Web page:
Software Development Life Cycles

Waterfall Model :

 

Refer to site - All about Waterfall Model for more information

 

The waterfall model is a model which was developed for software development; that is to create software. It is called as such because the model develops systematically from one phase to other in a downward fashion, like a waterfall.

The most probable phases through which it progresses downwards are

•           Definition Study/Analysis
•           Basic Design
•           Technical Design/Detailed Design
•           Construction
•           Testing
•           Integration
•           Management and
•           Maintenance.

Waterfall Model

Waterfall Model

Before the advent of this method, the software development in the computer companies suffered from a haphazard integrated software network like cluttered knitting. However with this method they hoped to bring clarity in their projects.

 

About the Phases

 

As said earlier the waterfall model has been structured on multiple phases especially to help out the software construction companies to develop an organized system of construction. By following this method, the project will be divided into many stages thus easing out the whole process. For example you start with Phase I and according to this model, one only progresses to the next Phase once the previous one has been completed. This way one moves progressively to the final stage and once that point is reached, you cannot turn back; similar to the water in a waterfall.

 

Brief Description of the Phases of Waterfall Model

 

Definition Study / Analysis: During this phase research is being conducted which includes brainstorming about the software, what it is going to be and what purpose is it going to fulfill.
 

Basic Design: If the first phase gets successfully completed and a well thought out plan for the software development has been laid then the next step involves formulating the basic design of the software on paper.
 

Technical Design / Detail Design:  After the basic design gets approved, then a more elaborated technical design can be planned. Here the functions of each of the part are decided and the engineering units are placed for example modules, programs etc.
 

Construction / Implementation: In this phase the source code of the programs is written.
 

Testing: At this phase, the whole design and its construction is put under a test to check its functionality. If there are any errors then they will surface at this point of the process.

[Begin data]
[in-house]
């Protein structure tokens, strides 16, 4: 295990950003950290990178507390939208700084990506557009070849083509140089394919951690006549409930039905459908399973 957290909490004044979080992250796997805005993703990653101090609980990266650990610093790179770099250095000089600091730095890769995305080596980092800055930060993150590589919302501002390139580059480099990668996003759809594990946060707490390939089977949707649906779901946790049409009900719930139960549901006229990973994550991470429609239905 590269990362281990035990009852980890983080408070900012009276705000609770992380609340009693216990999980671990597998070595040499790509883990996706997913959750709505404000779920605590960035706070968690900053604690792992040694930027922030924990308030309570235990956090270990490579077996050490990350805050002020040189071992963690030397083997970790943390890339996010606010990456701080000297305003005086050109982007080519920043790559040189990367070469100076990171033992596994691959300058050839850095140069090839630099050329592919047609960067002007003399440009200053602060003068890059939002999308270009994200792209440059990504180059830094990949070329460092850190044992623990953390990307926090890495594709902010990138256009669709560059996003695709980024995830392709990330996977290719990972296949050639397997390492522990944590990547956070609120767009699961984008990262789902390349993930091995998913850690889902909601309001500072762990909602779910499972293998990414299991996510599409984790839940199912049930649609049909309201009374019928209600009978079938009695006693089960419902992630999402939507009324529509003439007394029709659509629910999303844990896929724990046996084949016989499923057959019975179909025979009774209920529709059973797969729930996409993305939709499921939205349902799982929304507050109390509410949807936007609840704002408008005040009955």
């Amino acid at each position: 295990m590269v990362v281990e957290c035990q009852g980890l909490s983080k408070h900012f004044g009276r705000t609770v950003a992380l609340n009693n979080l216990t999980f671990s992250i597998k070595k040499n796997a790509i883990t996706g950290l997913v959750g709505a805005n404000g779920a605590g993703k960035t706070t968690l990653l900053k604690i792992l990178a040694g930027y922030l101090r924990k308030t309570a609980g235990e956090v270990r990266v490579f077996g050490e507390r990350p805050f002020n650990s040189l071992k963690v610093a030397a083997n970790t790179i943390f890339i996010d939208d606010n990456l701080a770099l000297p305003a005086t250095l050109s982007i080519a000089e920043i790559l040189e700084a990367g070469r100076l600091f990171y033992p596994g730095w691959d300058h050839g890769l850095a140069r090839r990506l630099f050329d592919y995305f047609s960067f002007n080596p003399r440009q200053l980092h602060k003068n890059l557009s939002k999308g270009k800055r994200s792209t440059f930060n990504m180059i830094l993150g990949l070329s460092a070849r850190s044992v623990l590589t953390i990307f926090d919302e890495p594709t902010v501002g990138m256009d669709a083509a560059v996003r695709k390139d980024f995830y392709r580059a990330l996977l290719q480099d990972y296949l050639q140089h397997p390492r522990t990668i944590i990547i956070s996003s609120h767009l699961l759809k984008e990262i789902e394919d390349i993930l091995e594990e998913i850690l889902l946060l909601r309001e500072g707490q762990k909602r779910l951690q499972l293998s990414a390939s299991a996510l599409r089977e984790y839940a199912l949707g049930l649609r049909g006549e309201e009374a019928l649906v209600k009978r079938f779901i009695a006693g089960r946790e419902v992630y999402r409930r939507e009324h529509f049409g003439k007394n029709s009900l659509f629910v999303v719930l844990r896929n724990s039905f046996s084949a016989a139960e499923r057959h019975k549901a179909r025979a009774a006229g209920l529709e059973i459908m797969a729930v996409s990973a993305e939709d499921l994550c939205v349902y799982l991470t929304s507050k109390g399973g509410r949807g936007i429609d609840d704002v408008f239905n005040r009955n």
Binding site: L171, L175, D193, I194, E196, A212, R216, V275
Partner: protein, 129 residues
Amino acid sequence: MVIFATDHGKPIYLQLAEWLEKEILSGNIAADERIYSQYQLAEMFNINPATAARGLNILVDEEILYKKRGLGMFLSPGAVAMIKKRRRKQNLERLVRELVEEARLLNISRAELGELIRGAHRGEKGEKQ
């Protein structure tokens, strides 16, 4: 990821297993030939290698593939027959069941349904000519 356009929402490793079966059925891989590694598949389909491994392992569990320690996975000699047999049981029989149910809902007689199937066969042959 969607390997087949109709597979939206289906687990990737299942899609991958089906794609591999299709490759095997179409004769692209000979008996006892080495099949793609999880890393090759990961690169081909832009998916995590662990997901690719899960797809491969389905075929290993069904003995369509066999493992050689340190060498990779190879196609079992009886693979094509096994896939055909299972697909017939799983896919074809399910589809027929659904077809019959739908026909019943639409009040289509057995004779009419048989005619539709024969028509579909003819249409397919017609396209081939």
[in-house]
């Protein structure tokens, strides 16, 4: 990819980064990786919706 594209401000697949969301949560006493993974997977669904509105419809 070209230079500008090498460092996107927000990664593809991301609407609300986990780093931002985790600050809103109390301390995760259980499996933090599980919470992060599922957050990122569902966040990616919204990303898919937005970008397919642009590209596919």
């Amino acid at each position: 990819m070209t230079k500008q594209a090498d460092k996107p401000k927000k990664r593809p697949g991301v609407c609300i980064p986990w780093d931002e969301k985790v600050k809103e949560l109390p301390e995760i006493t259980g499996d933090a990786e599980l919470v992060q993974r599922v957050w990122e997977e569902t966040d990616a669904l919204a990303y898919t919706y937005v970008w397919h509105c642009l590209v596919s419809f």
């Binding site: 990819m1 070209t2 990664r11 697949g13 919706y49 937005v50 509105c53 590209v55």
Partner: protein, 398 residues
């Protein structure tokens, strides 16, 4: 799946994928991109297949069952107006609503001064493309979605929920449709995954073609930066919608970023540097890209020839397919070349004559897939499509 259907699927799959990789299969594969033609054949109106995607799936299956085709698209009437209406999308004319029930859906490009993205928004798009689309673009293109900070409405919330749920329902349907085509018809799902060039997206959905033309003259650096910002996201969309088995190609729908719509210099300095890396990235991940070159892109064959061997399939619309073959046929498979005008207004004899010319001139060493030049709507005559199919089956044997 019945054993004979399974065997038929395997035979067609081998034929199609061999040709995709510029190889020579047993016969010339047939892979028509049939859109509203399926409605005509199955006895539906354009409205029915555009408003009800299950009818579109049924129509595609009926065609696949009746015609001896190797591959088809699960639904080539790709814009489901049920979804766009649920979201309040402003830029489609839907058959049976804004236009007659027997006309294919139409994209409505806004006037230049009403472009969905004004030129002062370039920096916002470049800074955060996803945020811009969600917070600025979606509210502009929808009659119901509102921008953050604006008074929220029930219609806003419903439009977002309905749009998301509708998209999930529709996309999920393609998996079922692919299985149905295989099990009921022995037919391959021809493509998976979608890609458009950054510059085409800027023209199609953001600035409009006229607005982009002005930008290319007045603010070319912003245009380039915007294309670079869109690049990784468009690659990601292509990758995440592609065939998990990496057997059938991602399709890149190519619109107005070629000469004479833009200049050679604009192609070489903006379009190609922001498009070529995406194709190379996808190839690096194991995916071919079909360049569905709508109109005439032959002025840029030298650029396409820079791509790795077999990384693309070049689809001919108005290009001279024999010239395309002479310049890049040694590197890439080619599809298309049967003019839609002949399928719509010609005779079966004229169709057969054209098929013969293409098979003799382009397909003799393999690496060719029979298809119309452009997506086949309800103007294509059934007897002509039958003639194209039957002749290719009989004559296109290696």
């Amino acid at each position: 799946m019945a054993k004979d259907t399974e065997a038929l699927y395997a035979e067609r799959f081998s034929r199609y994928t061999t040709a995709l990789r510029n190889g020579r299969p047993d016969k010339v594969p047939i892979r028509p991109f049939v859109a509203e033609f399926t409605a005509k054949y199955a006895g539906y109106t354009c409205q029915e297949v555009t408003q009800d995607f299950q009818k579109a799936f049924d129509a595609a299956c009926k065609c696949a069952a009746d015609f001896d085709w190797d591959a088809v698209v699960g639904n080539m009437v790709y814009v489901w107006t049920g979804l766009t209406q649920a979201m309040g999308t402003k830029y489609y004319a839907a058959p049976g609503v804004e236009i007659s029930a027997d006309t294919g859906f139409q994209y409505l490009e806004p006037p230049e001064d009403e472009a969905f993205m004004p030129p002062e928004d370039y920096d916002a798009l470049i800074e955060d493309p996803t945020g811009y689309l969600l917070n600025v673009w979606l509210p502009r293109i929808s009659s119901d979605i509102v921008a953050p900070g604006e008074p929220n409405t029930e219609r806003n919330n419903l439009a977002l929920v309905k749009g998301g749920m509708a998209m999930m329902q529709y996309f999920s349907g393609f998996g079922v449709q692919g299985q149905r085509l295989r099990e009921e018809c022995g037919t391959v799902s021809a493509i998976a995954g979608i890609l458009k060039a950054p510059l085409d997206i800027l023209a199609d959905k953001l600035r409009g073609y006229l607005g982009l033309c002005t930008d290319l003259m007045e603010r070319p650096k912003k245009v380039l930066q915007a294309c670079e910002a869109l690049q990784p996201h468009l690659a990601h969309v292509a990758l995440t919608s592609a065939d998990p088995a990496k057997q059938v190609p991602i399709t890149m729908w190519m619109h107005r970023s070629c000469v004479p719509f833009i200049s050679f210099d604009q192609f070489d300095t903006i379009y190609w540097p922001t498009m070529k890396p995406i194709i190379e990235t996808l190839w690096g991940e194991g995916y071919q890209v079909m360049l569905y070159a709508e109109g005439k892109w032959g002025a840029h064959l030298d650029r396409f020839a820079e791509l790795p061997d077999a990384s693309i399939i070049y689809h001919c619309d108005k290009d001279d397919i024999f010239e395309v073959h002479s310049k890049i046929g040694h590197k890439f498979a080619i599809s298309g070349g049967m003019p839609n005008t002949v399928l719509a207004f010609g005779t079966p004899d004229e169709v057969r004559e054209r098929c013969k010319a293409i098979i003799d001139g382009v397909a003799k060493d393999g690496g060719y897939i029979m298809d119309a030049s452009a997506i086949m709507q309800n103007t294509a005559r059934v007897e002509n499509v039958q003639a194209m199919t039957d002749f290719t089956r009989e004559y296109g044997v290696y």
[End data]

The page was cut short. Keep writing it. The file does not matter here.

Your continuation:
Integration: in the phase of Integration, the company puts it in use after the system has been successfully tested.

 

Management and Maintenance: Maintenance and management is needed to ensure that the system will continue to perform as desired.

Through the above mentioned steps it is clearly shown that the Waterfall model was meant to function in a systematic way that takes the production of the software from the basic step going downwards towards detailing just like a Waterfall which begins at the top of the cliff and goes downwards but not backwards.

 

History of the Waterfall Model

 

The history of the Waterfall model is somewhat disrupted. It is often said or believed that the model was first put forth by Winston Royce in 1970 in one of his articles; whereas he did not even used the word “waterfall.” In fact Royce later presented this model to depict a failure or a flaw in a non-working model. So later on, this term was mostly used in writing about something that is often wrongly done in the process of software development – like a common malpractice.

 

Royce was more of the opinion that a successful model should have the allowance of repetition or to go back and forth between phases which the waterfall model does not do. He examined the first draft of this model and documented that a recurrent method should be developed in this model. He felt the need of progressing only after a feedback from the previous stage has been received. This is known as the Iterative model.

As opposed to the Waterfall model, the Iterative model is more practical and has room for maneuver. Followers of the Iterative method perceive the Waterfall model as inappropriate.

 

Advantages of the Waterfall Model

 

Let’s look at some of the advantages of this model,
•   The project requires the fulfillment of one phase, before proceeding to the next. Therefore if there is a fault in this software it will be detected during one of the initial phases and will be sealed off for correction.


•   A lot of emphasis is laid on paperwork in this method as compared to the newer methods. When new workers enter the project, it is easier for them to carry on the work from where it had been left. The newer methods don’t document their developmental process which makes it difficult for a newer member of the team to understand what step is going to follow next. The Waterfall Model is a straight forward method and lets one know easily what stage is in progress.